Ironman,

    I wonder how much you all could’ve made if you’d parted the thing out to private collectors?

  11. Lurker #753

    On the one hand, the stated reason for the suit was “stress” (possibly incurred through lack of money?)

    On the other, Protons use UDMH/N204 as fuel, and since fuel tanks are never allowed to run completely dry (engines tend to explode if not shut down neatly – see the external tank fuel sensor problem with the not-quite-Christmas 2007 Shuttle flight for details).

    So if somebody dropped a Proton booster in MY backyard, I’d be reaching for my lawyer pretty soon after calling some Hazmat people.

    Lurker #753

  12. Michelle

    Stress… I guess if he heard the thing fall, he must’ve been quite startled. So I guess it applies but um… Yet…

    …Does the Russian gov often drop stuff on other people’s lawn? It sounds like something NASA wouldn’t do.

  13. IRONMANAustralia

    @Michael Lonergran

    Yes, I’m curious as to how NASA factors in such possibilities – like is there more chance of hitting a boat in the gulf than the Russians ever have of hitting an outhouse?

    Not that either of them could get the odds to zero of course, and I appreciate the great care the US takes in avoiding building rockets with duct tape and vodka-infused chewing gum. I mean, that’s got to decrease the odds dramatically.

    But to be fair, the Russians have some massive land areas that would compare favourably in population density against a Titan rocket dropping a mile off Miami Beach.

    @Space Cadet

    I was just reading about how some guy made $10,000 off Skylab – not bad for 1979:

    “… Skylab’s demise was an international media event, with merchandising, wagering on time and place of re-entry and nightly news reports. The San Francisco Examiner offered a $10,000 prize for the first piece of Skylab to be delivered to their offices. 17-year-old Stan Thornton scooped a few pieces of Skylab off the roof of his home in Esperance, Western Australia and caught the first flight to San Francisco, where he collected his prize …”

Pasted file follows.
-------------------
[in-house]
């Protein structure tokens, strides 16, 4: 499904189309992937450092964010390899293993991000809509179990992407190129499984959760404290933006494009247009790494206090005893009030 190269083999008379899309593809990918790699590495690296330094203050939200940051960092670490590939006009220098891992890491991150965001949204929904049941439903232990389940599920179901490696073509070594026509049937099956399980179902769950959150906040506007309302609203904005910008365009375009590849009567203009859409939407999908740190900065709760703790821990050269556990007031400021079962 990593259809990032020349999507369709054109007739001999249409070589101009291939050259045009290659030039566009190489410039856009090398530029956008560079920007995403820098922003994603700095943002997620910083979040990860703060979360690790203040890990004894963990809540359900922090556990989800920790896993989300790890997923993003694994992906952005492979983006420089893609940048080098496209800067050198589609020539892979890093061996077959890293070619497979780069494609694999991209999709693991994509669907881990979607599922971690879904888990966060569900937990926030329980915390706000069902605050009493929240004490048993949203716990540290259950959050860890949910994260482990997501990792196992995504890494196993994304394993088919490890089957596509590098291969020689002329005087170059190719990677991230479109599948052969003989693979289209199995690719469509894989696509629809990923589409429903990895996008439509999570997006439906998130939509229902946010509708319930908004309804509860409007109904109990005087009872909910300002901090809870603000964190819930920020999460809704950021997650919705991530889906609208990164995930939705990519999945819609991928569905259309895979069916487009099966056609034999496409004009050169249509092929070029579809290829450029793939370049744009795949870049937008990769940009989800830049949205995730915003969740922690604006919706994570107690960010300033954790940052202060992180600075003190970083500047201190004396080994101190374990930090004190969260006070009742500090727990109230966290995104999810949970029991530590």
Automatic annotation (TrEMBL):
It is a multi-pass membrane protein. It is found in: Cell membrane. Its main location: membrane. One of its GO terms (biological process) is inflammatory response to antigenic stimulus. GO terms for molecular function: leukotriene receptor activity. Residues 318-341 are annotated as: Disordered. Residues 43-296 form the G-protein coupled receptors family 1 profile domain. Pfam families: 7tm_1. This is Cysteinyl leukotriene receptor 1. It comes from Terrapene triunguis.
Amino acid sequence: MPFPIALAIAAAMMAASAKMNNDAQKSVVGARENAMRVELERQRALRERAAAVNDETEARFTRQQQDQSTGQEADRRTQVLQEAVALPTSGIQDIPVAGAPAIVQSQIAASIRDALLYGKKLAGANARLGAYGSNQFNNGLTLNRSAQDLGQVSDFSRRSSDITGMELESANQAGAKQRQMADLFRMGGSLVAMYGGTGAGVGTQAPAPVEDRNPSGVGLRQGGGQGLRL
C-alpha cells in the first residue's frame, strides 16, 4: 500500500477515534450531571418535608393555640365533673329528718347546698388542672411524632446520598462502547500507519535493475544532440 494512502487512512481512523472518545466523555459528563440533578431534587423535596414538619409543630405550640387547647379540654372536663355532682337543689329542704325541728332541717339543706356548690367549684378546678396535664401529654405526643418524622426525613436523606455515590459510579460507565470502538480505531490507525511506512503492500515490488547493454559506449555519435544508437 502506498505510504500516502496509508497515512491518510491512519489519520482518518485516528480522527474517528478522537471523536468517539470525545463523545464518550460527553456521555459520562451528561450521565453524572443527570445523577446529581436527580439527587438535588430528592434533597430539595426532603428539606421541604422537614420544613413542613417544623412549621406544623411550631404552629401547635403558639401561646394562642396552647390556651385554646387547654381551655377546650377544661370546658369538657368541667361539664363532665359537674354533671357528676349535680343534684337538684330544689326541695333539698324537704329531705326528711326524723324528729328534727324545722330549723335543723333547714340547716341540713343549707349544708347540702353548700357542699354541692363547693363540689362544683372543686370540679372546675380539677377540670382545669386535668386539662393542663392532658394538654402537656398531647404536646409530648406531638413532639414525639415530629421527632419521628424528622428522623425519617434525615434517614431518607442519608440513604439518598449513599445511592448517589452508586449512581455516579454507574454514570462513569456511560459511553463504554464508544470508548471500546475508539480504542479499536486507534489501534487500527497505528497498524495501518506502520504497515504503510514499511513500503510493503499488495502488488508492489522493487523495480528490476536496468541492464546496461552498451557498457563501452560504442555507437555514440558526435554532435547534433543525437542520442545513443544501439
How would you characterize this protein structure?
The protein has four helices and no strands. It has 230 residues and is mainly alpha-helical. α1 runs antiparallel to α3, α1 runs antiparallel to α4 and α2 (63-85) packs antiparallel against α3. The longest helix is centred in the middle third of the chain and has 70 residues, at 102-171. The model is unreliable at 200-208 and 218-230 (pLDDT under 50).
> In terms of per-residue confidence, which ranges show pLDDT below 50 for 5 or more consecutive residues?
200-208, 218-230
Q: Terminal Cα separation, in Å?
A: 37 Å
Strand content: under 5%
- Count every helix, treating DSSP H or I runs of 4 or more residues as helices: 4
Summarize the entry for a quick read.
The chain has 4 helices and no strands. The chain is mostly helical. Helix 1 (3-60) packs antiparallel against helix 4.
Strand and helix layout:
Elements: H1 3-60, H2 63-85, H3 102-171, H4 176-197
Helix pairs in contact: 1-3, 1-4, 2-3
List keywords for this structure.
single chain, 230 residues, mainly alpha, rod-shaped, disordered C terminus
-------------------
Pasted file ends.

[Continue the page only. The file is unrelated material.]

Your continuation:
http://en.wikipedia.org/wiki/Skylab#End_of_Skylab

  14. This story was posted on our rocket club mailing list a couple of hours ahead of here, so I’ll just repeat what I said there:

    The debris ALMOST hit his out house and he’s suing for “distress.” I’d say our cold war victory is complete.

    - Jack

  15. IRONMANAustralia

    I really miss the Cold War.

    Remember the 80′s world maps? Good guys in blue, bad guys in red.

    *Wistful sigh*

  16. Ironman, the yanks still use those types of maps, blue and red, on their Murrican maps. Not sure which is good and which is bad but – depends on who you ask I think.

  17. Melusine

    What is it with Russians suing space agencies? First there was the Russian astrologer who wanted to sue NASA for smashing into Comet Tempel with Deep Impact, which she claimed was causing her “moral trauma,” and now this farmer wants to sue his own space agency. Heck, I’d love a booster to fall on my yard…how many people can claim that?

  18. Michael Lonergan

    Ironman,
    The US Navy uses aircraft and boats to make sure the downrange is cleared of all vessels. If anything gets in, the launch is delayed until it’s moved out. It’s happened several times that I know of.

  19. quasidog

    I really hope he wins. Nobody should have to have a rocket fall in their back yard and just accept it.

  20. Michael Lonergan

    Shane said:

    “Ironman, the yanks still use those types of maps, blue and red, on their Murrican maps.”

    Shane, they have to be color coded so President Bush knows which country to invade next. Blue is good. Red is bad. He has to know where the Turrists are in order to stop then getting nuclur weapons.

  21. Larry